Problem is, NATO’s slowness and clumsiness will prevent it from quickly establishing airdrops and even boat landings to get in supplies to the uprising. Once you’re the neighborhood that has all the food and gasoline, you become very popular. It would be a tragedy to miss this opportunity to avoid a prolonged seige, like the day in 1864 when Union forces dithered outside Petersburg, Virginia because the generals didn’t trust the black troops they had available, and when white reinforcements arrived it was already getting dark. That cost America another 9 months of war.

  5. May you be right that a government of national unity will coalesce before Daffyduck the Common Enemy leaves the stage. One keeps hoping that some magical transformational change in the way humans organize and manage themselves will materialize (or is it spiritualize?) out of the current crop of revulsion-and-aspiration driven regime changes. One also hopes that the slimy little jackals and sneaks from the “security services” of fading empires like our own will fail to gain any kind of hold or influence in a move to Something New and Something Better.

    But then a cynic, which I obviously an one of, is sometimes defined as “a disappointed romantic.” Plenty of precedent for serial disappointment, as individuals in pursuit of their own private pleasures and position pervert those around them. Maybe this time…?

  6. I would have preferred a touch more coordination between the underground Tripoli freedom fighters, and those from Misrata and the Nafusa Mtns. It seems many extra hundreds may die unnecessarily because of lack of strategic patience.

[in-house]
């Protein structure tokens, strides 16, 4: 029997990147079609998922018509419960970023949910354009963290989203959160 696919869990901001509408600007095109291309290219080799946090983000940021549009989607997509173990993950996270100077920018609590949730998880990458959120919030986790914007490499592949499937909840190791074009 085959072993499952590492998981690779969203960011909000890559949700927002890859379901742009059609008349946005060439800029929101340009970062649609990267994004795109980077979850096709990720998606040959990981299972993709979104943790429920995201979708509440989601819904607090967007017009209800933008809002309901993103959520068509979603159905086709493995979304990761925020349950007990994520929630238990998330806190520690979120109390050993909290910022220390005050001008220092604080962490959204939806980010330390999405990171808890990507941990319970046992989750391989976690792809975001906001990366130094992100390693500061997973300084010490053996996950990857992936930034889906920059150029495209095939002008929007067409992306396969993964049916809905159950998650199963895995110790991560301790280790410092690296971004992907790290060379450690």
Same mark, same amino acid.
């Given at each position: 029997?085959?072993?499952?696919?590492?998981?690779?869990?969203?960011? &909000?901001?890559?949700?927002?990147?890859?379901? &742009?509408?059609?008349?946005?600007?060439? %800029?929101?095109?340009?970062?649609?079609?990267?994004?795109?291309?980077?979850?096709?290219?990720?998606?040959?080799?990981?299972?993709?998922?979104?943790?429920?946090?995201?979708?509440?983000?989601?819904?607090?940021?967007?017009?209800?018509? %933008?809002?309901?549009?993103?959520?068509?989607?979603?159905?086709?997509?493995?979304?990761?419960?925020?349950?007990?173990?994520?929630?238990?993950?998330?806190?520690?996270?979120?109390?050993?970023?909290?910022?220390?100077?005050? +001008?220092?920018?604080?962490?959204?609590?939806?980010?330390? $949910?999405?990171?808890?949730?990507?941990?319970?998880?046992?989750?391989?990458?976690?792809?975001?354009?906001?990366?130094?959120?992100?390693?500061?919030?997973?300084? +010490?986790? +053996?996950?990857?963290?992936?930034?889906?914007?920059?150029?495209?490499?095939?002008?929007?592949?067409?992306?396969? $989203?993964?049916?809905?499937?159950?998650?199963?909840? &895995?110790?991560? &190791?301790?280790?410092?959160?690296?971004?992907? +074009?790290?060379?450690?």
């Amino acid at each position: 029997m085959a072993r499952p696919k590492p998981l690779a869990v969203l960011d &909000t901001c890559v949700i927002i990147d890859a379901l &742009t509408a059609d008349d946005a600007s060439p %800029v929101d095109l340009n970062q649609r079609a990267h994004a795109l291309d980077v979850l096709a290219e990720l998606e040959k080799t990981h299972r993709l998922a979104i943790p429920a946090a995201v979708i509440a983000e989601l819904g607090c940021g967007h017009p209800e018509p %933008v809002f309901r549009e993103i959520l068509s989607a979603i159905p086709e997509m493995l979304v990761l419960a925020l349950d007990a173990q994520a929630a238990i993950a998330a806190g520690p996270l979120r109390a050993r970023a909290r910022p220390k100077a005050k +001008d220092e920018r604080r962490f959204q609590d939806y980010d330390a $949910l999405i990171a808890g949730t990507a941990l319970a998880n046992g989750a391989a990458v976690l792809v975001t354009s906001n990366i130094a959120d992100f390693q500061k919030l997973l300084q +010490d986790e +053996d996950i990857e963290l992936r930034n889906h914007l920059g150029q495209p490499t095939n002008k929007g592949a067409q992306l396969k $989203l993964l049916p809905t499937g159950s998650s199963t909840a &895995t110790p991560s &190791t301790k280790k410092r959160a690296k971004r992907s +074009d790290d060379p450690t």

Oh well, may it all be over soon.

  7. I’ll rejoice for five minutes and then hope that Damascus is the next venue for the liberation of Arabs from tyranny.

    • Makes one kind of wonder if there will ever be a net map of the advance of Freedom Fighters working their way in from Alexandria to Crystal City and up from Baltimore and down from Silver Spring, converging on the Capitol, at the point, wherever it may be, that people here get to that same point of revulsion and the desperate knowledge that things are never going to get better with the current set of rulers and their hereditary successors and the current power connections and flow of wealth…

  8. [...] against him in Tripoli itself to go with the advance of the Free Libya forces. Juan Cole recounts how just that occurred: “The underground network of revolutionaries in the capital, who had been violently repressed [...]

  9. I find myself curious as to what someone like Professor Cole *does* on a day like today.

    • Obsessive watching of Arabic satellite television, Arabic web surfing, twitter imprisonment. Not enough excercise. Danger of a little dehydration. Nothing to titillate the Bushies.

      • Thanks professor! Sounds not unlike the rest of us, but in Arabic (and with actual prior knowledge/experience to put things into context).

        (Not sure I understand “Titillate the Bushies”?)

  10. Hooray! Congratulation Juan on your prescient atypical (for you) support of NATO actions, and your support of the opposition.